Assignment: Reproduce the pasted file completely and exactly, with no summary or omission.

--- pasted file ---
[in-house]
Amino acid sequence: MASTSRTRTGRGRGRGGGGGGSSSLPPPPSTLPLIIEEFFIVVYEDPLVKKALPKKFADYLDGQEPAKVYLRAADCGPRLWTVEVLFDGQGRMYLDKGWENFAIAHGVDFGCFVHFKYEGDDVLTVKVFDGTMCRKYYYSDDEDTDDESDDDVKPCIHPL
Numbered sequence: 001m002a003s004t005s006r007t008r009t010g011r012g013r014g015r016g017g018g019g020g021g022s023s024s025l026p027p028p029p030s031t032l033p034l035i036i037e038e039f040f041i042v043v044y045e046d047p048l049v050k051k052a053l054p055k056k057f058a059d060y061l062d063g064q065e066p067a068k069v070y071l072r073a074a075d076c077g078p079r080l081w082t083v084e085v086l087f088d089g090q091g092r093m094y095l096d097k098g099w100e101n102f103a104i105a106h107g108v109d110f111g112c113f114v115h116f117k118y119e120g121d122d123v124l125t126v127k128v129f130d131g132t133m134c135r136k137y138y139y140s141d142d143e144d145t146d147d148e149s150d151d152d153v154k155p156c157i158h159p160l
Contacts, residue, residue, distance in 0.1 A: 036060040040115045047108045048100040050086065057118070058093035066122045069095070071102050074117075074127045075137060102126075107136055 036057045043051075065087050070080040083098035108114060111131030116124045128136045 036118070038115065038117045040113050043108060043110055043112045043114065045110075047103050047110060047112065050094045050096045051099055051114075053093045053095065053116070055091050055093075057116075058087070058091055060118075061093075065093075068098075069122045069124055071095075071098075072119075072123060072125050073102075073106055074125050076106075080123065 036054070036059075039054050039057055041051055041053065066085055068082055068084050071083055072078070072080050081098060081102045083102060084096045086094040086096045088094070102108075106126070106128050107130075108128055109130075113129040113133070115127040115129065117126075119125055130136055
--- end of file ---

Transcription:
[in-house]
Amino acid sequence: MASTSRTRTGRGRGRGGGGGGSSSLPPPPSTLPLIIEEFFIVVYEDPLVKKALPKKFADYLDGQEPAKVYLRAADCGPRLWTVEVLFDGQGRMYLDKGWENFAIAHGVDFGCFVHFKYEGDDVLTVKVFDGTMCRKYYYSDDEDTDDESDDDVKPCIHPL
Numbered sequence: 001m002a003s004t005s006r007t008r009t010g011r012g013r014g015r016g017g018g019g020g021g022s023s024s025l026p027p028p029p030s031t032l033p034l035i036i037e038e039f040f041i042v043v044y045e046d047p048l049v050k051k052a053l054p055k056k057f058a059d060y061l062d063g064q065e066p067a068k069v070y071l072r073a074a075d076c077g078p079r080l081w082t083v084e085v086l087f088d089g090q091g092r093m094y095l096d097k098g099w100e101n102f103a104i105a106h107g108v109d110f111g112c113f114v115h116f117k118y119e120g121d122d123v124l125t126v127k128v129f130d131g132t133m134c135r136k137y138y139y140s141d142d143e144d145t146d147d148e149s150d151d152d153v154k155p156c157i158h159p160l
Contacts, residue, residue, distance in 0.1 A: 036060040040115045047108045048100040050086065057118070058093035066122045069095070071102050074117075074127045075137060102126075107136055 036057045043051075065087050070080040083098035108114060111131030116124045128136045 036118070038115065038117045040113050043108060043110055043112045043114065045110075047103050047110060047112065050094045050096045051099055051114075053093045053095065053116070055091050055093075057116075058087070058091055060118075061093075065093075068098075069122045069124055071095075071098075072119075072123060072125050073102075073106055074125050076106075080123065 036054070036059075039054050039057055041051055041053065066085055068082055068084050071083055072078070072080050081098060081102045083102060084096045086094040086096045088094070102108075106126070106128050107130075108128055109130075113129040113133070115127040115129065117126075119125055130136055